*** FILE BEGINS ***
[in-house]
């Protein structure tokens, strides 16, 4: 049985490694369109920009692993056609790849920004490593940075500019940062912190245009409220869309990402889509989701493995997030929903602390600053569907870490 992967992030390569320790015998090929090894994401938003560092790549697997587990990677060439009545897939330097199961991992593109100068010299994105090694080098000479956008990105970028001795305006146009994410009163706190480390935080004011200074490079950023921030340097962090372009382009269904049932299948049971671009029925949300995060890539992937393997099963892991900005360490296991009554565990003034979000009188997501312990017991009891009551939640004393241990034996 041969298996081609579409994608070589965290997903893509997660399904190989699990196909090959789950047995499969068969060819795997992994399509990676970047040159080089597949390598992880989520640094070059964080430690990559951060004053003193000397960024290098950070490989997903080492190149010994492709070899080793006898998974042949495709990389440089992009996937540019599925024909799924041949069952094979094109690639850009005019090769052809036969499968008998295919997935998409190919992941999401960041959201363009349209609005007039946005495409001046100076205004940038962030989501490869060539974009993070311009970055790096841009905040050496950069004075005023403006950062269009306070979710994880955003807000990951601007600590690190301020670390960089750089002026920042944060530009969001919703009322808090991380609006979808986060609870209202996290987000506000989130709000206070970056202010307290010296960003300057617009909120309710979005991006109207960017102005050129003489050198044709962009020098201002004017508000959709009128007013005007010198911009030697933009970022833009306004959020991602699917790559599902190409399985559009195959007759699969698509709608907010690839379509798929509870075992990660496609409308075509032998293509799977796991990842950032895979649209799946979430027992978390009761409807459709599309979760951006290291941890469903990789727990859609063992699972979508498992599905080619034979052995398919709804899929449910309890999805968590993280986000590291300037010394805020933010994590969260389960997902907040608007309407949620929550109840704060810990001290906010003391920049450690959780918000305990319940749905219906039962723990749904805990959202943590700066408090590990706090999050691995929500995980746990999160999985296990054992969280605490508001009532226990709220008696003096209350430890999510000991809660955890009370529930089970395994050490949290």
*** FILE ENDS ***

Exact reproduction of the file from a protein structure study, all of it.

[in-house]
């Protein structure tokens, strides 16, 4: 049985490694369109920009692993056609790849920004490593940075500019940062912190245009409220869309990402889509989701493995997030929903602390600053569907870490 992967992030390569320790015998090929090894994401938003560092790549697997587990990677060439009545897939330097199961991992593109100068010299994105090694080098000479956008990105970028001795305006146009994410009163706190480390935080004011200074490079950023921030340097962090372009382009269904049932299948049971671009029925949300995060890539992937393997099963892991900005360490296991009554565990003034979000009188997501312990017991009891009551939640004393241990034996 041969298996081609579409994608070589965290997903893509997660399904190989699990196909090959789950047995499969068969060819795997992994399509990676970047040159080089597949390598992880989520640094070059964080430690990559951060004053003193000397960024290098950070490989997903080492190149010994492709070899080793006898998974042949495709990389440089992009996937540019599925024909799924041949069952094979094109690639850009005019090769052809036969499968008998295919997935998409190919992941999401960041959201363009349209609005007039946005495409001046100076205004940038962030989501490869060539974009993070311009970055790096841009905040050496950069004075005023403006950062269009306070979710994880955003807000990951601007600590690190301020670390960089750089002026920042944060530009969001919703009322808090991380609006979808986060609870209202996290987000506000989130709000206070970056202010307290010296960003300057617009909120309710979005991006109207960017102005050129003489050198044709962009020098201002004017508000959709009128007013005007010198911009030697933009970022833009306004959020991602699917790559599902190409399985559009195959007759699969698509709608907010690839379509798929509870075992990660496609409308075509032998293509799977796991990842950032895979649209799946979430027992978390009761409807459709599309979760951006290291941890469903990789727990859609063992699972979508498992599905080619034979052995398919709804899929449910309890999805968590993280986000590291300037010394805020933010994590969260389960997902907040608007309407949620929550109840704060810990001290906010003391920049450690959780918000305990319940749905219906039962723990749904805990959202943590700066408090590990706090999050691995929500995980746990999160999985296990054992969280605490508001009532226990709220008696003096209350430890999510000991809660955890009370529930089970395994050490949290």